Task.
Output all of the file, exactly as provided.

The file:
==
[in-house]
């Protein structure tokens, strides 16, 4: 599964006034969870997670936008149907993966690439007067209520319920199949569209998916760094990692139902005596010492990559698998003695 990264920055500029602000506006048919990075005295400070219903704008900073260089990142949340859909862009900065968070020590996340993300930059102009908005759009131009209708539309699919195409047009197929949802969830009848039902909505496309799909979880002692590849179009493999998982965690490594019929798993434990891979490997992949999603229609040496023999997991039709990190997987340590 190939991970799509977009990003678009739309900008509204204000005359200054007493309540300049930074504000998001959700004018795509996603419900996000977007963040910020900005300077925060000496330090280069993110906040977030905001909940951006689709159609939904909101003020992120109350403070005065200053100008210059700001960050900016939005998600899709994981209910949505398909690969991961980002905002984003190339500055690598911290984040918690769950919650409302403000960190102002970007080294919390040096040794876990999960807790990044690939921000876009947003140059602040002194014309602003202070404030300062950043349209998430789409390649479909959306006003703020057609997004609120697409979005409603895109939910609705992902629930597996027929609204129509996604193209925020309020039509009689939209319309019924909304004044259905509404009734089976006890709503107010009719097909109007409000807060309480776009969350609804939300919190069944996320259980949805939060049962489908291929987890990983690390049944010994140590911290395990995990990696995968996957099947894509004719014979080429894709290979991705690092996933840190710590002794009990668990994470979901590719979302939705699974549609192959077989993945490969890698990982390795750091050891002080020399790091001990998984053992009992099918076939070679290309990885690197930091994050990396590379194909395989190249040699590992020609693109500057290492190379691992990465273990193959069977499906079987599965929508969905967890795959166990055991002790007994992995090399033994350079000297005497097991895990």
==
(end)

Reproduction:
[in-house]
């Protein structure tokens, strides 16, 4: 599964006034969870997670936008149907993966690439007067209520319920199949569209998916760094990692139902005596010492990559698998003695 990264920055500029602000506006048919990075005295400070219903704008900073260089990142949340859909862009900065968070020590996340993300930059102009908005759009131009209708539309699919195409047009197929949802969830009848039902909505496309799909979880002692590849179009493999998982965690490594019929798993434990891979490997992949999603229609040496023999997991039709990190997987340590 190939991970799509977009990003678009739309900008509204204000005359200054007493309540300049930074504000998001959700004018795509996603419900996000977007963040910020900005300077925060000496330090280069993110906040977030905001909940951006689709159609939904909101003020992120109350403070005065200053100008210059700001960050900016939005998600899709994981209910949505398909690969991961980002905002984003190339500055690598911290984040918690769950919650409302403000960190102002970007080294919390040096040794876990999960807790990044690939921000876009947003140059602040002194014309602003202070404030300062950043349209998430789409390649479909959306006003703020057609997004609120697409979005409603895109939910609705992902629930597996027929609204129509996604193209925020309020039509009689939209319309019924909304004044259905509404009734089976006890709503107010009719097909109007409000807060309480776009969350609804939300919190069944996320259980949805939060049962489908291929987890990983690390049944010994140590911290395990995990990696995968996957099947894509004719014979080429894709290979991705690092996933840190710590002794009990668990994470979901590719979302939705699974549609192959077989993945490969890698990982390795750091050891002080020399790091001990998984053992009992099918076939070679290309990885690197930091994050990396590379194909395989190249040699590992020609693109500057290492190379691992990465273990193959069977499906079987599965929508969905967890795959166990055991002790007994992995090399033994350079000297005497097991895990």